Running: Working speed into your distance routine

How VO2 max workouts help in the long run

— By Kia Schollar

Speed is relative.

We can’t all be as quick as Usain Bolt or Andre De Grasse, but in our own way we each need to be quick.

FANFIT.com caught up with someone you might not expect to have a need for speed — elite marathon runner Eric Gillis of Antigonish, N.S.

Eric Gillis finished 10th in Olympic marathon at Rio 2016.

Eric Gillis finished 10th in Olympic marathon at Rio 2016.

The three-time Olympian is not naïve to the fact training for marathons can be daunting.

Long, pace-based workouts day in and and day out can become a bit uninspiring.

So, how do Gillis and coach Dave Scott-Thomas break up the distance training?

They use VO2 max capacity workouts (a.k.a. maximum effort).

VO2 max is the absolute highest amount of oxygen your body can use during intense exercise.

Gillis explains that VO2 max work is very important because it “helps with the body’s ability to upload oxygen travel within the body.”

This type of work is not done often, Gillis notes. It’s limited to approximately two times per month leading into a marathon.

Workout No. 1

5-10 kilometre race piece. This is an all-out effort over the whole distance.

Workout No. 2

5x1 mile at VO2 max speed with 1:1 rest (1:1 rest means that you get equal amount of rest to what you run).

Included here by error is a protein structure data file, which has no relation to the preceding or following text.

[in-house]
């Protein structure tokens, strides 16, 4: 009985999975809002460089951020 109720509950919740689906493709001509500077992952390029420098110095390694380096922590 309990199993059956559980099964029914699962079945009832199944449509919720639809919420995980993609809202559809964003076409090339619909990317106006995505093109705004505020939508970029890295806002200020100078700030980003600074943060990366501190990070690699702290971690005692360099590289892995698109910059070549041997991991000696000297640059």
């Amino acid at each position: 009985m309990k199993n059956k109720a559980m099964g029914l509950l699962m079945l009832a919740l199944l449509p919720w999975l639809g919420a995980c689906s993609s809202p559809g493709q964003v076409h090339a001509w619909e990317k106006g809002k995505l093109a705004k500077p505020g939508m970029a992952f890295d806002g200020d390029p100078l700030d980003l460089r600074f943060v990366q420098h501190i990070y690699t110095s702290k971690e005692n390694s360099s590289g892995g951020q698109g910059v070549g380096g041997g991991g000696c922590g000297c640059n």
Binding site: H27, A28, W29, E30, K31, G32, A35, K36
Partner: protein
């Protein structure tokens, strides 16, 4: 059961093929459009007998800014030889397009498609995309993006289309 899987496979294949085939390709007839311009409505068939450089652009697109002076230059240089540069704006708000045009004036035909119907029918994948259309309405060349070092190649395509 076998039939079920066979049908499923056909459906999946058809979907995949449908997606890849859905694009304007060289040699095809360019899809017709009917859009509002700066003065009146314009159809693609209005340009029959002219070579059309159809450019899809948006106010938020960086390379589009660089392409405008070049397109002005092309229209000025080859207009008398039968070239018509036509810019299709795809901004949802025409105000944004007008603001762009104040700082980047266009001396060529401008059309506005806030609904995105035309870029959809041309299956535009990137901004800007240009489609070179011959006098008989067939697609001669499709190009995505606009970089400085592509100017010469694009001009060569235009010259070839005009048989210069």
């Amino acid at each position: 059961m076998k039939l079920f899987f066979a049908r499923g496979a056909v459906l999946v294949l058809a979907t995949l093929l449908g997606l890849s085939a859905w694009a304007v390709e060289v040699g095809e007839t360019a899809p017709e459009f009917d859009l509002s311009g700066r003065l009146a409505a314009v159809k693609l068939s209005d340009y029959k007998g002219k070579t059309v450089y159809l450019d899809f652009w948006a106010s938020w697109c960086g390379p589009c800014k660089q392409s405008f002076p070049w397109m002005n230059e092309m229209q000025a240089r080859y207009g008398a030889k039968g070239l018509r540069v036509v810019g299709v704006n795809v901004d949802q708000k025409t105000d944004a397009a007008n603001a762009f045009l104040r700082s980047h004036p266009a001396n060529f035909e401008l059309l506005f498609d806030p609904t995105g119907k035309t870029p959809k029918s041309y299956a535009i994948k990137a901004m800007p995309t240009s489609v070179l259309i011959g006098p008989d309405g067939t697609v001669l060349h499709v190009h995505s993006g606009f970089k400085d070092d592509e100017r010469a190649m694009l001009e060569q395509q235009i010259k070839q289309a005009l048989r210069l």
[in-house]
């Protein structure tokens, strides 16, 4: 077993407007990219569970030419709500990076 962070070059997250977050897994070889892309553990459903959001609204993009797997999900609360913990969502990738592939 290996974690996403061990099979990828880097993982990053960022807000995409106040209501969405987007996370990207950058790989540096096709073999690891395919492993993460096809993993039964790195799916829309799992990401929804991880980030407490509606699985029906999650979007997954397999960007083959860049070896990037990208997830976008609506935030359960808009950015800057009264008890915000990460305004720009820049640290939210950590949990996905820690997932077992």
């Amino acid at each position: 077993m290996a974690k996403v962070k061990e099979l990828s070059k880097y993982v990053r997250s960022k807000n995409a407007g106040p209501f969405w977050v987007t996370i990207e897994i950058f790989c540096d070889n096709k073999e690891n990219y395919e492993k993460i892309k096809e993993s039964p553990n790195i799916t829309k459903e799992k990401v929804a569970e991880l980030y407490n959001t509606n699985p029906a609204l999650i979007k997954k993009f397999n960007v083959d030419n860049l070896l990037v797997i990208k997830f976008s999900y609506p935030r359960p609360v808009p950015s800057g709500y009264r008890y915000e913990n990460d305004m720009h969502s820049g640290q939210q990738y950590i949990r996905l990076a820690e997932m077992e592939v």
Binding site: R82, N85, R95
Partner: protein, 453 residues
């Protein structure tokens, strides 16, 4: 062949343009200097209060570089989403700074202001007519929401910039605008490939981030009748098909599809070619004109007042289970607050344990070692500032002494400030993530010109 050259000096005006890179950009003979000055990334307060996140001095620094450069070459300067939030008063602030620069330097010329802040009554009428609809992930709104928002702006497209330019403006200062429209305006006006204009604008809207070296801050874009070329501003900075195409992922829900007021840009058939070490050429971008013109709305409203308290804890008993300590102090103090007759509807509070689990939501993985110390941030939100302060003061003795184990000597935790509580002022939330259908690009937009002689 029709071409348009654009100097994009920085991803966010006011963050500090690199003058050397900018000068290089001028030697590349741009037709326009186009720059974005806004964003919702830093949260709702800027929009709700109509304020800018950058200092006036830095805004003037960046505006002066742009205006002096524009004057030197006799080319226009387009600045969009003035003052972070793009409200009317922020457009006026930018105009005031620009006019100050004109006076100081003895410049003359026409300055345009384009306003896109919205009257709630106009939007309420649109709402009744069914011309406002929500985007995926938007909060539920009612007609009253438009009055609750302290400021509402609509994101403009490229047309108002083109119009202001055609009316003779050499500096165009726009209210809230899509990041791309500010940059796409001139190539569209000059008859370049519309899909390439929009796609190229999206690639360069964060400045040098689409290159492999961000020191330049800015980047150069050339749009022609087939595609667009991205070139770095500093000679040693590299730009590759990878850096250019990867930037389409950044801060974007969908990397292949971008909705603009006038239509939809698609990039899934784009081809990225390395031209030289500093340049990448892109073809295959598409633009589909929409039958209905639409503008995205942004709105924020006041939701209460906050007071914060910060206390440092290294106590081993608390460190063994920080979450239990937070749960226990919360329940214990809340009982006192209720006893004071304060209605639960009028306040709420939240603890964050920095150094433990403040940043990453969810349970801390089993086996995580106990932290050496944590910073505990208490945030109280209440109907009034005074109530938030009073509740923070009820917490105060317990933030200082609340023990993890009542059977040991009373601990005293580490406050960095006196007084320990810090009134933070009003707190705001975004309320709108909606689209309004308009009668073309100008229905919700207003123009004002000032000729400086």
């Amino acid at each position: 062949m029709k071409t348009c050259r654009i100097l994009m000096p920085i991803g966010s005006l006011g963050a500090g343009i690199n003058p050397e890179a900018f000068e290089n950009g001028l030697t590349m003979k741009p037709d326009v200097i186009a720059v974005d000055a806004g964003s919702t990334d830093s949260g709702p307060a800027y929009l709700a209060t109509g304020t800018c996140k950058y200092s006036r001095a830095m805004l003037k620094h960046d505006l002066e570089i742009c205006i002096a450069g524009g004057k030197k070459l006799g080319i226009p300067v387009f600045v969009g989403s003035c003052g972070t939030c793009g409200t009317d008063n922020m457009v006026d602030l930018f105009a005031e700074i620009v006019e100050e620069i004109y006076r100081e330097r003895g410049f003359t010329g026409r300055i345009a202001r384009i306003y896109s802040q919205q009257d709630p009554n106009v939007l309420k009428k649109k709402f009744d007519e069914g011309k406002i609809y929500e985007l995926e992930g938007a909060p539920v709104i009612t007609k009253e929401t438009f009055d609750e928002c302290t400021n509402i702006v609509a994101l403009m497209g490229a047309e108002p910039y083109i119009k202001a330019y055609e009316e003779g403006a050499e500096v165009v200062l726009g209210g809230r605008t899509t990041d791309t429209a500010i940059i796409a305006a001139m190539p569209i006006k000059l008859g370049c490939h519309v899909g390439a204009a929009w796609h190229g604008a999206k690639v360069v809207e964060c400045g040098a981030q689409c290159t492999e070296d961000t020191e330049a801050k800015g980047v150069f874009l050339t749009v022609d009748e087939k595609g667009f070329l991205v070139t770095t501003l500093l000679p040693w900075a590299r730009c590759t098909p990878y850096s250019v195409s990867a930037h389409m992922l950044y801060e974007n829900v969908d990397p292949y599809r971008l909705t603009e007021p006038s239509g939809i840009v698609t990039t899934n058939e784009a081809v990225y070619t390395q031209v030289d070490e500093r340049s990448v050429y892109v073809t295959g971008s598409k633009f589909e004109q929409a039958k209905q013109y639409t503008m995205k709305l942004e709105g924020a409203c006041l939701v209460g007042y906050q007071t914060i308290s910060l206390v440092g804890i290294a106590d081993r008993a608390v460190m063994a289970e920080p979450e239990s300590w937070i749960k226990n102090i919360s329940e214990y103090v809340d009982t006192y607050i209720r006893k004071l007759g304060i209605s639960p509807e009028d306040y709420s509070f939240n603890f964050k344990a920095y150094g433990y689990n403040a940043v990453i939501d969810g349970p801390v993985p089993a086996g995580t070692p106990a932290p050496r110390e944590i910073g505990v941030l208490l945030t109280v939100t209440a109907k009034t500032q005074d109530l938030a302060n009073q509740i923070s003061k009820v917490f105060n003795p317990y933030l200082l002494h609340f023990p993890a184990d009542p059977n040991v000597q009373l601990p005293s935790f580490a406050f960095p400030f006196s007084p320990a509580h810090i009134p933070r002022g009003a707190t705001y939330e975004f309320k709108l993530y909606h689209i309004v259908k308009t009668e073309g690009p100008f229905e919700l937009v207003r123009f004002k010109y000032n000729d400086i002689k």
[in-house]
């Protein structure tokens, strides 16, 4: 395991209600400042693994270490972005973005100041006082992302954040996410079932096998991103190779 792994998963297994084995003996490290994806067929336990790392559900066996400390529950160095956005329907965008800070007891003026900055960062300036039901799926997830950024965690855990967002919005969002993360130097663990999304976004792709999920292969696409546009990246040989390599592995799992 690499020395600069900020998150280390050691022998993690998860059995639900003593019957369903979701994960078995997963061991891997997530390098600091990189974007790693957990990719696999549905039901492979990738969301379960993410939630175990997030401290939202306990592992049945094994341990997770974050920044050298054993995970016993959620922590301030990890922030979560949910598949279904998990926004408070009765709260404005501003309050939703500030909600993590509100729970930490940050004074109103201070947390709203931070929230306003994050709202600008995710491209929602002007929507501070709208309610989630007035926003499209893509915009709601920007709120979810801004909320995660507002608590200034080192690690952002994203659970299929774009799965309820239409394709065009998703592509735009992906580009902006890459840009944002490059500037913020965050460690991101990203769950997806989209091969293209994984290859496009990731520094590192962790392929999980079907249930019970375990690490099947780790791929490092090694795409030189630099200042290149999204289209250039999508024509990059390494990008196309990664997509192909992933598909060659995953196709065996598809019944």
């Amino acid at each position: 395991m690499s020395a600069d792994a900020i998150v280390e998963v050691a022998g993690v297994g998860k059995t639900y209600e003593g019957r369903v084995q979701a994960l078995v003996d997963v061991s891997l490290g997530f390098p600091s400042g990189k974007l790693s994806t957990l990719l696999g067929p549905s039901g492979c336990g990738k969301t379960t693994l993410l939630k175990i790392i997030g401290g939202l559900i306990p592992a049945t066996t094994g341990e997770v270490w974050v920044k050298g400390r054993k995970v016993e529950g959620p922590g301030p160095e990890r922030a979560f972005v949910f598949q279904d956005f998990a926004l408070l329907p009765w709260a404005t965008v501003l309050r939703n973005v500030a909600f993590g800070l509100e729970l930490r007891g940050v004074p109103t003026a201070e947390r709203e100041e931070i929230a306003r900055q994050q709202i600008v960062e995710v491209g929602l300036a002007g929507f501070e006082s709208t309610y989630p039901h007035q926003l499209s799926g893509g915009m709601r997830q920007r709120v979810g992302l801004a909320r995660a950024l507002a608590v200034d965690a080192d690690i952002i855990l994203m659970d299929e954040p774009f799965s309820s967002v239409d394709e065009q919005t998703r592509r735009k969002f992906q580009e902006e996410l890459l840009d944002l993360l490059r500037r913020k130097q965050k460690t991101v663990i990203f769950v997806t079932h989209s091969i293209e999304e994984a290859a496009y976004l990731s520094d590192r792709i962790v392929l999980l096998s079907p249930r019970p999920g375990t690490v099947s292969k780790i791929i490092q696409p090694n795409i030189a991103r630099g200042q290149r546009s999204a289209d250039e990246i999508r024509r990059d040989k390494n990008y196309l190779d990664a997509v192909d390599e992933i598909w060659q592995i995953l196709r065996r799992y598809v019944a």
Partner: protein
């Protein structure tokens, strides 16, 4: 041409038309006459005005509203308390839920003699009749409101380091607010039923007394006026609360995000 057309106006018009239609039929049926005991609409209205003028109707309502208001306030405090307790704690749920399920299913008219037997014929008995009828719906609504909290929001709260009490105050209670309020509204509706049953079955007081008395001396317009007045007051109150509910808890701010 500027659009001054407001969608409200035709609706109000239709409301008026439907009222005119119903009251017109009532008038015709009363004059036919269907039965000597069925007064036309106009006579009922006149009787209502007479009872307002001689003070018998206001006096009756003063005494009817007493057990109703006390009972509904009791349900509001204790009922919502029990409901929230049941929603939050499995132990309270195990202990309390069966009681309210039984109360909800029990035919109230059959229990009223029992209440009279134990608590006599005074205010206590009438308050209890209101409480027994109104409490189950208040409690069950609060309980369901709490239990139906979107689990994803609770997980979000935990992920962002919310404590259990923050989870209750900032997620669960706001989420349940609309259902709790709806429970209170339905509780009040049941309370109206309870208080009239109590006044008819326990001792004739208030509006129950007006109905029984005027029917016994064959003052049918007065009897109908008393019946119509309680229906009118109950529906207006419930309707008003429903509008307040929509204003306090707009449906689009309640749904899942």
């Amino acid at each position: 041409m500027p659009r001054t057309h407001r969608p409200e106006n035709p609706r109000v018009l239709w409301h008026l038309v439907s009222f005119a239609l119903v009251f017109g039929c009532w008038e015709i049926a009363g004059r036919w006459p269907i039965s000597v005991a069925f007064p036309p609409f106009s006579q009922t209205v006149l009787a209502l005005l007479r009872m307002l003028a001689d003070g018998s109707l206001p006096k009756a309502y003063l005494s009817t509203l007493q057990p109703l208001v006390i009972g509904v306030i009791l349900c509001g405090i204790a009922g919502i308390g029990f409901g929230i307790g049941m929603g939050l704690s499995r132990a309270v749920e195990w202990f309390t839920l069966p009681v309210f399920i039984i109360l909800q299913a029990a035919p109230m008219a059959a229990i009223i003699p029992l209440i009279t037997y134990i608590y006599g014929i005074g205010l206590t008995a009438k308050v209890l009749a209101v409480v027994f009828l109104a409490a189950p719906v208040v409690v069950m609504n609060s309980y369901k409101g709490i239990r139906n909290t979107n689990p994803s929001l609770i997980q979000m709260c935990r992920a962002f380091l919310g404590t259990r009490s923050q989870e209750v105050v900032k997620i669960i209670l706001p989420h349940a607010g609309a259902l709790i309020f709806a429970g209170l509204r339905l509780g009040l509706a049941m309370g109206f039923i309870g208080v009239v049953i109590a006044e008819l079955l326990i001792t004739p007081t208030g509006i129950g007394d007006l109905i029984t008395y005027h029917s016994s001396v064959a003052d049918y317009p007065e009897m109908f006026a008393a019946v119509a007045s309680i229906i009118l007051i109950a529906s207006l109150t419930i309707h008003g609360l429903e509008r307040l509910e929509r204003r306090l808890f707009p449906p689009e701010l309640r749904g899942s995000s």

Workout No. 3

“Strides” once a week. This workout is done a little more often to help fire the “neuromuscular system … but for short bursts – so it’s not too fatiguing and helps with (the body’s) movement pattern(s)” when running.

How is it done?

Run for 10 to 15 minutes at your long run or easy run pace then for the next 10 minutes (or so) run 20 seconds quick and 40 seconds easy. Repeating for the length of time chosen.

Gillis says he enjoys using this work “in the middle of the workout because it helps the second half of his run.”

It’s also helpful to “break (things) up.”

MORE TIPS FROM ERIC GILLIS:

 

Get the adrenaline going

Gillis notes that he gets “more excited for a workout” when he knows it’s “about (a) consistent effort and getting the workout in” rather than stressing about the exact pace you’re running at. He also talked about how these types of workouts get the adrenaline going more so than long marathon training while still maintaining a very specific purpose.

If you are training for a long distance running event, enjoy the speed days and the different type of pain they bring to your muscles.  

Your legs will thank you on race day.  

team@fanfit.com

 

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